Defense attorneys for the former Minnesota police officer who shot a Black man to death because she purportedly confused her actual gun for a Taser provided a glimpse of how they could argue for leniency when her trial begins next month.
Kim Potter, who was fired from her job in suburban Minneapolis after killing 20-year-old Daunte Wright stemming from a traffic stop over the number of the air fresheners hanging from his rear-view mirror, remains free on bail for charges of one count each of first-degree manslaughter and second-degree manslaughter. And it appears her lawyers are sticking to her main excuse for shooting the unarmed Black man in his car.
According to the Minneapolis Star-Tribune, Potter’s layers are expected to employ one of the following four lines of defense: “Innocent Accident,” “Innocent Mistake,” “Her perceived use of a Taser was reasonable” and “Lack of causation.”
In effect, Potter wants the court and a jury of her peers to believe that she was left with no choice but to shoot Wright with her Taser as he allegedly rebuffed her attempts at an arrest by getting back into his car that was, again, pulled over because of air fresheners.
“What the jury will see and hear about instead is an accident,” Paul Engh and Earl Gray, the lawyers representing Potter, wrote in a court filing that was made public on Thursday. “And a police officer’s accidental shot is not a crime.”
Engh and Gray have also filed a motion seeking to criminalize Wright in death over his alleged drug possession or use before Potter killed him as well as “his “purported gang affiliation,” two things that seemingly lack any relevance to the case that was, again, predicated on a traffic stop because of air fresheners.
Potter’s lawyers said they plan to call a forensic and police psychologist at her trial to explain how cops confusing guns for Tasers is actually not at all that uncommon.
“For Officer Potter, this was a singular and ‘rare occurrence’ … but a mistake did happen,” Engh and Gray wrote in their motion. “A subcategory of action errors are termed ‘slip and capture errors,’ which include cases of ‘Taser/handgun confusion.'”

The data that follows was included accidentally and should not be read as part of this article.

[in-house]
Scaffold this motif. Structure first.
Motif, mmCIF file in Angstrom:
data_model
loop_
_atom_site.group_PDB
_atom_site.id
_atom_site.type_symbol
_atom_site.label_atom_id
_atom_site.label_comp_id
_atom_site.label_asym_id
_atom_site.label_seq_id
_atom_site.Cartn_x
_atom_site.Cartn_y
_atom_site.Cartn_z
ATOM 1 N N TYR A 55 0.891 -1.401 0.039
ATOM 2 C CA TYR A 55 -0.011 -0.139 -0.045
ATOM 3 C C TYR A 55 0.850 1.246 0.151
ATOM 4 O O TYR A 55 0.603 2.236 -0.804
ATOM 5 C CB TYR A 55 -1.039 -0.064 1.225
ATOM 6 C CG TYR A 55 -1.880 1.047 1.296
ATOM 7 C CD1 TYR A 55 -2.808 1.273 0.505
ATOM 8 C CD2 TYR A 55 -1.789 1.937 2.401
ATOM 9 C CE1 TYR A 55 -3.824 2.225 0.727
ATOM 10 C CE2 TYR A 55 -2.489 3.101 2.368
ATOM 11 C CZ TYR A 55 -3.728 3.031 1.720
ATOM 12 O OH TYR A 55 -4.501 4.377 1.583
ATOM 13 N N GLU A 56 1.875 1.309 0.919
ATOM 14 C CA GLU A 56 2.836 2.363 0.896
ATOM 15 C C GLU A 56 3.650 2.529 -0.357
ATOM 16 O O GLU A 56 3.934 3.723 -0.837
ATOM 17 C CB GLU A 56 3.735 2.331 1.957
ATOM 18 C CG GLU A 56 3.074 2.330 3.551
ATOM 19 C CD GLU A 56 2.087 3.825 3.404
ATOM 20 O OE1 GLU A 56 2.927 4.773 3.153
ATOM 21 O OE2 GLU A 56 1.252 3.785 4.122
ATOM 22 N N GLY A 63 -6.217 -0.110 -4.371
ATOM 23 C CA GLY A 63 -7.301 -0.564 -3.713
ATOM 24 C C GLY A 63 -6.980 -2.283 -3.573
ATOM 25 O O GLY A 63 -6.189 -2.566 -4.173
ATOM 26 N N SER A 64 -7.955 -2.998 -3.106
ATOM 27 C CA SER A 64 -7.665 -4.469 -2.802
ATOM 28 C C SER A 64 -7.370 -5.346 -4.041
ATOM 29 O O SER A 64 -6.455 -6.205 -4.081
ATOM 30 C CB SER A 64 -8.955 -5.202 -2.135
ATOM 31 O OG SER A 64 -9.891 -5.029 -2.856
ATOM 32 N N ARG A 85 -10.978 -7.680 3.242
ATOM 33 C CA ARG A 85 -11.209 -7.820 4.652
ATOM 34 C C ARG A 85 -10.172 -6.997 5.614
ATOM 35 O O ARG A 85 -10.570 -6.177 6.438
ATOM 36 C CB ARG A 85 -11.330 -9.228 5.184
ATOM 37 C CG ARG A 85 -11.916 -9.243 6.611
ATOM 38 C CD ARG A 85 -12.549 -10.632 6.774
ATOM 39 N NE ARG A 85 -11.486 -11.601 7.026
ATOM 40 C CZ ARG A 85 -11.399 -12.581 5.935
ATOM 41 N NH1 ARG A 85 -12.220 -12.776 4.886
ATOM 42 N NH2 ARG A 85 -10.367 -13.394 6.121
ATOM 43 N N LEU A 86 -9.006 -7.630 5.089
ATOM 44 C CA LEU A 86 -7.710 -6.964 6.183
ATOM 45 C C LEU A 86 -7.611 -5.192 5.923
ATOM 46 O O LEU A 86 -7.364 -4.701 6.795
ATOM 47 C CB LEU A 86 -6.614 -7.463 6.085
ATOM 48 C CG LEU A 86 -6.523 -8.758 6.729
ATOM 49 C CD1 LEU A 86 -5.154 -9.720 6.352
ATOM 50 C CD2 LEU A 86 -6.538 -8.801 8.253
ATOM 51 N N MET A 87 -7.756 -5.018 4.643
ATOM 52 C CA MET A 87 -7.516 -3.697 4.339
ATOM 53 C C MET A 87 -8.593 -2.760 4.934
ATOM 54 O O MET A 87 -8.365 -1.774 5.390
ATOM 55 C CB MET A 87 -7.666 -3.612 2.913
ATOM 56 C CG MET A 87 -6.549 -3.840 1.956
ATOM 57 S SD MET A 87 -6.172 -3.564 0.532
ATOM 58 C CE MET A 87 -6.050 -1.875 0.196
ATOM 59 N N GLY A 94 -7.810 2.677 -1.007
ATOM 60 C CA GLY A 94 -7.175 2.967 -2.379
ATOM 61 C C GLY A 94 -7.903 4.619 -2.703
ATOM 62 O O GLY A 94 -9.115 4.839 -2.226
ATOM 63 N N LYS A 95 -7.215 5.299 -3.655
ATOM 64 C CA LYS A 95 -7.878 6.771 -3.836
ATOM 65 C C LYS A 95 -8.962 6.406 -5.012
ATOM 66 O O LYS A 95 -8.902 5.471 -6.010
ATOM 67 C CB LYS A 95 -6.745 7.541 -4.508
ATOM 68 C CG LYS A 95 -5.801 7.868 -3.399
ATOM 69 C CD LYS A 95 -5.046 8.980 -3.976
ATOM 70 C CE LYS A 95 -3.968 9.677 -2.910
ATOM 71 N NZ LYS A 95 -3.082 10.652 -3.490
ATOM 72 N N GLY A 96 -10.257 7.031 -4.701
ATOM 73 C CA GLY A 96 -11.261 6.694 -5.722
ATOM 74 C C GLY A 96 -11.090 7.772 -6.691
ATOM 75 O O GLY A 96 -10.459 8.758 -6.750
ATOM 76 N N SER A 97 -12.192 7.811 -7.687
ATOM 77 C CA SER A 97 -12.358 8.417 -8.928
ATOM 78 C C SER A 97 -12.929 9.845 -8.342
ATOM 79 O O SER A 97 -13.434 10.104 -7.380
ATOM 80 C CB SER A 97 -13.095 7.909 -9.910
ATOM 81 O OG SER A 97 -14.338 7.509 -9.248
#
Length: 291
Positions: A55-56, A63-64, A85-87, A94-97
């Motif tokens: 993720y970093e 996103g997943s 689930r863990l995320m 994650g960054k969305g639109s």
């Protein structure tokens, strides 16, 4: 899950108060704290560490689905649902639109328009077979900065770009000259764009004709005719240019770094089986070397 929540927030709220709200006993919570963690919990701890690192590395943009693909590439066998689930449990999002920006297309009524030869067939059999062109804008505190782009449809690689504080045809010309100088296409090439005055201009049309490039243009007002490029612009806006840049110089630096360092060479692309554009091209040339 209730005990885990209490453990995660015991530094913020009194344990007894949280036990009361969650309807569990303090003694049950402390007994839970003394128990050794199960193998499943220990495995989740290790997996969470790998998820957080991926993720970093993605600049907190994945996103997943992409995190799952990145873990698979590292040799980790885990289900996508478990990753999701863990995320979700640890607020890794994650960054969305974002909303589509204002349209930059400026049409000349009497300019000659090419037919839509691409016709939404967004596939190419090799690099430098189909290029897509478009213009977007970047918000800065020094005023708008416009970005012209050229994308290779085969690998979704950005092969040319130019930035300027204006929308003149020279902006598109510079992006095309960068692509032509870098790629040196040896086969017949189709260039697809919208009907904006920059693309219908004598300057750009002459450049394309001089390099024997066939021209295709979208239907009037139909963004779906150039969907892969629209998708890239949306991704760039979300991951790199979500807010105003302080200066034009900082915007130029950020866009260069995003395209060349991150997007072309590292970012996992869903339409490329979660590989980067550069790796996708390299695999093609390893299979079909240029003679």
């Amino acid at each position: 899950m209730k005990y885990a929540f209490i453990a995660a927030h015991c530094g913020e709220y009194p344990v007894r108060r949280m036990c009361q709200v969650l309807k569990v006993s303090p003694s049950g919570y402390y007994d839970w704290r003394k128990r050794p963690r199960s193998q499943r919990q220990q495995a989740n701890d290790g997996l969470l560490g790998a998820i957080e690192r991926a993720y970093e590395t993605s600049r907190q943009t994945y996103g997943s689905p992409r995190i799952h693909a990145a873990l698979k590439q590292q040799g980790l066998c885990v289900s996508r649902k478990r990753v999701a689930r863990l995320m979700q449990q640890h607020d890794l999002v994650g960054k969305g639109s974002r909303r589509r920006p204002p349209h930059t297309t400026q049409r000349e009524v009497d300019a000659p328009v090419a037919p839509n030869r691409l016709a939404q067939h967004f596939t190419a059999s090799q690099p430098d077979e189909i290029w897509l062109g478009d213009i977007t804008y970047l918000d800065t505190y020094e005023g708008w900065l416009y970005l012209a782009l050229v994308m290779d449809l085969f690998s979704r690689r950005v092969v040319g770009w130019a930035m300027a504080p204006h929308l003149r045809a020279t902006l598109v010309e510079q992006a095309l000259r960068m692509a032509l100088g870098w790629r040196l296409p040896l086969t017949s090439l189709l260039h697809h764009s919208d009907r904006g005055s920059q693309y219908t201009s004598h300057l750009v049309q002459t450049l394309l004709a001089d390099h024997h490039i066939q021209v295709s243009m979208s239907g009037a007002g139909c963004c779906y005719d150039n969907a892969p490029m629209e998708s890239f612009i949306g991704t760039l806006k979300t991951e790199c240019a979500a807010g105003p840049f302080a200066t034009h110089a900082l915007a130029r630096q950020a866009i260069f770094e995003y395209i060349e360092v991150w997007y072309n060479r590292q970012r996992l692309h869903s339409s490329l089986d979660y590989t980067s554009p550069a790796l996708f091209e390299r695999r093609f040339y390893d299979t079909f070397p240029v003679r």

They added that the forensic and police psychologist was “being called to explain a phenomenon that happens in police work. Whether slip and capture may have caused Officer Potter’s mistake he can’t say; that question is for the jury to decide.”
The defense attorneys are also trying to blame Wright for his own shooting, claiming that his actions in trying to flee during the arrest jeopardized another officer who “might well have been dragged to his death.”
Minnesota Attorney General Keith Ellison — who secured a guilty verdict for the former police officer who murdered George Floyd last year — announced in May that his office would be leading the prosecution in Wright’s killing. Calls for Potter’s charges to be elevated to murder have not been heeded.
Wright was shot and killed on April 11. His death continued the heartbreaking narrative of Black community members who were murdered during interactions with law enforcement. Further anger ignited around Wright’s case after law enforcement officials dismissed his death as a mistake.
As Minnesota Public Radio reminded its readers days after Wright’s killing, “Minnesota is one of a number of states with laws that prohibit drivers from hanging objects from their rearview mirrors on the grounds that the items could obstruct their view. The laws have led to vehement complaints from civil rights advocates who say police can use them as a pretext for stopping Black motorists.”
Potter’s trial is scheduled to start on Nov. 30.
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